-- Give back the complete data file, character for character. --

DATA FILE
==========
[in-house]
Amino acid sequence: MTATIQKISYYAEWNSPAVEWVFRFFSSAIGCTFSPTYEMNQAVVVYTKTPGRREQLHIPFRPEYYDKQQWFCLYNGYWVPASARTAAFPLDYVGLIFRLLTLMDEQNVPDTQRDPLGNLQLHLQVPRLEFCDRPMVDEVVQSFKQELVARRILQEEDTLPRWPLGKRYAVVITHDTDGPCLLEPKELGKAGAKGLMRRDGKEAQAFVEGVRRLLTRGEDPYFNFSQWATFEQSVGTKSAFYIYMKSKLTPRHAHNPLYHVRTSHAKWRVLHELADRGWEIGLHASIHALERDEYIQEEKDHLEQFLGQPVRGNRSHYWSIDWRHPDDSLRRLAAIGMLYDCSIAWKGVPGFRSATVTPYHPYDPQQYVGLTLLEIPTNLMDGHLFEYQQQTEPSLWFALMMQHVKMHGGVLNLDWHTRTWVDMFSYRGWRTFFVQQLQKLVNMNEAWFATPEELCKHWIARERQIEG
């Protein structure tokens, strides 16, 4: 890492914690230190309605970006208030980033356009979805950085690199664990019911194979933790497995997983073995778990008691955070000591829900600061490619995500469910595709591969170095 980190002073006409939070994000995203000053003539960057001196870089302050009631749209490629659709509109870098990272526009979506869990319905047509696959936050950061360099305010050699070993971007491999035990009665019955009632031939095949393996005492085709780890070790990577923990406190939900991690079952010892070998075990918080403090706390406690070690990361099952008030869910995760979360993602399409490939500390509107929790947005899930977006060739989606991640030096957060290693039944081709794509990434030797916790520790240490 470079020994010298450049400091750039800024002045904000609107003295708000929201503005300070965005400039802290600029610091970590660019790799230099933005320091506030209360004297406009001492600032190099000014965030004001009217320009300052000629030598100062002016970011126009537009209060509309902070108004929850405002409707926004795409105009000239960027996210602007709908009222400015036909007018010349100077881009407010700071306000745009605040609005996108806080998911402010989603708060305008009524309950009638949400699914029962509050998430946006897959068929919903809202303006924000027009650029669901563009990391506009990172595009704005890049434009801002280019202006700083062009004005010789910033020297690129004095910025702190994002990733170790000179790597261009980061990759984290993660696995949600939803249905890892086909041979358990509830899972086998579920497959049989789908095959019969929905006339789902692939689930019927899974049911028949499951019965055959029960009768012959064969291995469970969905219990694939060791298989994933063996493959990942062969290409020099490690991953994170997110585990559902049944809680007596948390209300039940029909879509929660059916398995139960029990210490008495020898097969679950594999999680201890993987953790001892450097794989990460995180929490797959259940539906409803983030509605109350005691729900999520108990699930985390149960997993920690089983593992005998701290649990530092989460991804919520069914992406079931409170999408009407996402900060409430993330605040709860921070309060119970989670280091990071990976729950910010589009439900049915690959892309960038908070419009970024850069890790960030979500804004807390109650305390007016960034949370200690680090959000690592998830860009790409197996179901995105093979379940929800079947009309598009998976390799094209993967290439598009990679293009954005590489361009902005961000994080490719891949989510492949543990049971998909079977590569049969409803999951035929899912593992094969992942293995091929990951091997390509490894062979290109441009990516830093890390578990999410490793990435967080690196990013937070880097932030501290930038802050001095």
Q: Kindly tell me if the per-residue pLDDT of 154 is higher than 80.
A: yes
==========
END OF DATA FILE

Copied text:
[in-house]
Amino acid sequence: MTATIQKISYYAEWNSPAVEWVFRFFSSAIGCTFSPTYEMNQAVVVYTKTPGRREQLHIPFRPEYYDKQQWFCLYNGYWVPASARTAAFPLDYVGLIFRLLTLMDEQNVPDTQRDPLGNLQLHLQVPRLEFCDRPMVDEVVQSFKQELVARRILQEEDTLPRWPLGKRYAVVITHDTDGPCLLEPKELGKAGAKGLMRRDGKEAQAFVEGVRRLLTRGEDPYFNFSQWATFEQSVGTKSAFYIYMKSKLTPRHAHNPLYHVRTSHAKWRVLHELADRGWEIGLHASIHALERDEYIQEEKDHLEQFLGQPVRGNRSHYWSIDWRHPDDSLRRLAAIGMLYDCSIAWKGVPGFRSATVTPYHPYDPQQYVGLTLLEIPTNLMDGHLFEYQQQTEPSLWFALMMQHVKMHGGVLNLDWHTRTWVDMFSYRGWRTFFVQQLQKLVNMNEAWFATPEELCKHWIARERQIEG
């Protein structure tokens, strides 16, 4: 890492914690230190309605970006208030980033356009979805950085690199664990019911194979933790497995997983073995778990008691955070000591829900600061490619995500469910595709591969170095 980190002073006409939070994000995203000053003539960057001196870089302050009631749209490629659709509109870098990272526009979506869990319905047509696959936050950061360099305010050699070993971007491999035990009665019955009632031939095949393996005492085709780890070790990577923990406190939900991690079952010892070998075990918080403090706390406690070690990361099952008030869910995760979360993602399409490939500390509107929790947005899930977006060739989606991640030096957060290693039944081709794509990434030797916790520790240490 470079020994010298450049400091750039800024002045904000609107003295708000929201503005300070965005400039802290600029610091970590660019790799230099933005320091506030209360004297406009001492600032190099000014965030004001009217320009300052000629030598100062002016970011126009537009209060509309902070108004929850405002409707926004795409105009000239960027996210602007709908009222400015036909007018010349100077881009407010700071306000745009605040609005996108806080998911402010989603708060305008009524309950009638949400699914029962509050998430946006897959068929919903809202303006924000027009650029669901563009990391506009990172595009704005890049434009801002280019202006700083062009004005010789910033020297690129004095910025702190994002990733170790000179790597261009980061990759984290993660696995949600939803249905890892086909041979358990509830899972086998579920497959049989789908095959019969929905006339789902692939689930019927899974049911028949499951019965055959029960009768012959064969291995469970969905219990694939060791298989994933063996493959990942062969290409020099490690991953994170997110585990559902049944809680007596948390209300039940029909879509929660059916398995139960029990210490008495020898097969679950594999999680201890993987953790001892450097794989990460995180929490797959259940539906409803983030509605109350005691729900999520108990699930985390149960997993920690089983593992005998701290649990530092989460991804919520069914992406079931409170999408009407996402900060409430993330605040709860921070309060119970989670280091990071990976729950910010589009439900049915690959892309960038908070419009970024850069890790960030979500804004807390109650305390007016960034949370200690680090959000690592998830860009790409197996179901995105093979379940929800079947009309598009998976390799094209993967290439598009990679293009954005590489361009902005961000994080490719891949989510492949543990049971998909079977590569049969409803999951035929899912593992094969992942293995091929990951091997390509490894062979290109441009990516830093890390578990999410490793990435967080690196990013937070880097932030501290930038802050001095």
Q: Kindly tell me if the per-residue pLDDT of 154 is higher than 80.
A: yes